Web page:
Jordanian parliament votes to eject Israeli envoy

Prime Minister Abdullah Ensour says Amman ‘deeply concerned’ about ‘evil, systemized’ Israeli schemes against Al-Aqsa mosque

Ilan Ben Zion, a reporter at the Associated Press, is a former news editor at The Times of Israel. He holds a Masters degree in Diplomacy from Tel Aviv University and an Honors Bachelors degree from the University of Toronto in Near and Middle Eastern Civilizations, Jewish Studies, and English.

Muslim worshipers on the Temple Mount during the festival of Eid Al-Adha, October 26, 2012 (photo credit: Sleiman Khader/Flash90)
Muslim worshipers on the Temple Mount during the festival of Eid Al-Adha, October 26, 2012 (photo credit: Sleiman Khader/Flash90)

The Jordanian Parliament on Wednesday voted unanimously in favor of petitioning the government to expel Israel’s ambassador in Amman and recall Jordan’s ambassador in Tel Aviv in protest of alleged Israeli desecration of holy sites in Jerusalem.

It was not yet clear what action, if any, the Jordanian government would take against Israeli Ambassador to Jordan Daniel Nevo in light of the vote. The Israeli embassy in Jordan was not available for comment.

Jordanian Prime Minister Abdullah Ensour said the government “was deeply concerned about the Israeli violations against Al-Aqsa Mosque,” the official Jordanian Petra News Agency reported, and accused Israelis of “evil, systemized and pre-planned schemes” against the Muslim holy site.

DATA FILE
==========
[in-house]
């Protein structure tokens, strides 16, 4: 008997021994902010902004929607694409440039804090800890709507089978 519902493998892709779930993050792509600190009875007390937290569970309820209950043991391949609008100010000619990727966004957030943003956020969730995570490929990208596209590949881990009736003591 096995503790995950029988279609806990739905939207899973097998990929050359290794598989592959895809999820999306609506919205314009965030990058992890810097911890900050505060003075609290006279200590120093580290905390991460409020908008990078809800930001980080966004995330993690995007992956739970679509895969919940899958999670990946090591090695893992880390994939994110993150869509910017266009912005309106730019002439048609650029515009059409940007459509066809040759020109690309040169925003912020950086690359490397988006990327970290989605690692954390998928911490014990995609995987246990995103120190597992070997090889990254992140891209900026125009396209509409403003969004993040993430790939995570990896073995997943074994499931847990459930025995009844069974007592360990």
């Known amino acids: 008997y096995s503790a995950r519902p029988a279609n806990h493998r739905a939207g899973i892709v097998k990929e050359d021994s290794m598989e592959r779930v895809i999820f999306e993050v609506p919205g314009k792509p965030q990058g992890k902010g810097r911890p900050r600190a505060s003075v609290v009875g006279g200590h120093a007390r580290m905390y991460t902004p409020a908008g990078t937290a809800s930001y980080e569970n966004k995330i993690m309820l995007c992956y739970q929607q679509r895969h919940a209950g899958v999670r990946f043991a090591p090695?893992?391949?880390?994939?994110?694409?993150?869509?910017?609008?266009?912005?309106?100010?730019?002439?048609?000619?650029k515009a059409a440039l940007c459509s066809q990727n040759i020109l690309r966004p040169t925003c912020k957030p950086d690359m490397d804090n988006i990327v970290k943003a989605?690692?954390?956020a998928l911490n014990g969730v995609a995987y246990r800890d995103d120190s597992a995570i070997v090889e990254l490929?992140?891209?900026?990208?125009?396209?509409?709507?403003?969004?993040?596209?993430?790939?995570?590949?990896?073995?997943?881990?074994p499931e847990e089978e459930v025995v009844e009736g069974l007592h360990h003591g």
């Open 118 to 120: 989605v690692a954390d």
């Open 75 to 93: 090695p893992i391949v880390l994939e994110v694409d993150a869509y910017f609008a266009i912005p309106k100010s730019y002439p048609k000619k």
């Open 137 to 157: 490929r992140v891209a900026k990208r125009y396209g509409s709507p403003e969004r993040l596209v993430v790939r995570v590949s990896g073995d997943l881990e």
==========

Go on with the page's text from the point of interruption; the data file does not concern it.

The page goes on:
The violations in question were restrictions on entry to the Temple Mount plaza imposed by the Israel Police ahead of Jerusalem Day. According to the Palestinian Ma’an news agency, police set up checkpoints to the Temple Mount entrances and “prevented all Palestinian women, and men under 50, from entering.” Normally, restrictions apply only to men under 40, who are seen as more likely to engage in violent behavior.

Police spokesman Micky Rosenfeld said Wednesday that Muslim worshipers threw rocks and chairs at tourists visiting the contested site Tuesday. Jordanian media accused the police of permitting “dozens of extremist settlers to storm the holy shrine” as well.

Jewish tourists are permitted to enter, but not pray at, the Temple Mount, and security checkpoints are a standard installation at the entrance of the historic flashpoint.

Ammon news website reported that Ensour said the Jordanian cabinet discussed Israel’s actions in a meeting Wednesday morning and decided to instruct Jordanian Ambassador in Tel Aviv Walid Obeidat to file an official objection to the Israeli government “as a first measure.” Should things escalate, the report said, Obeidat would be instructed to petition the United Nations Security Council.

An Israeli Foreign Ministry spokesperson declined comment on the issue, saying Jerusalem was looking into the matter and communication channels with Amman were open.

Last month, a Jordanian MP was dismissed by his party after attending an Israeli Independence Day event at the President’s Residence, and earlier in April 110 MPs signed a petition calling for the release of Ahmad Daqamseh, a Jordanian soldier who gunned down seven Israeli schoolgirls on a field trip to the “Isle of Peace” border area of Naharayim in 1997.

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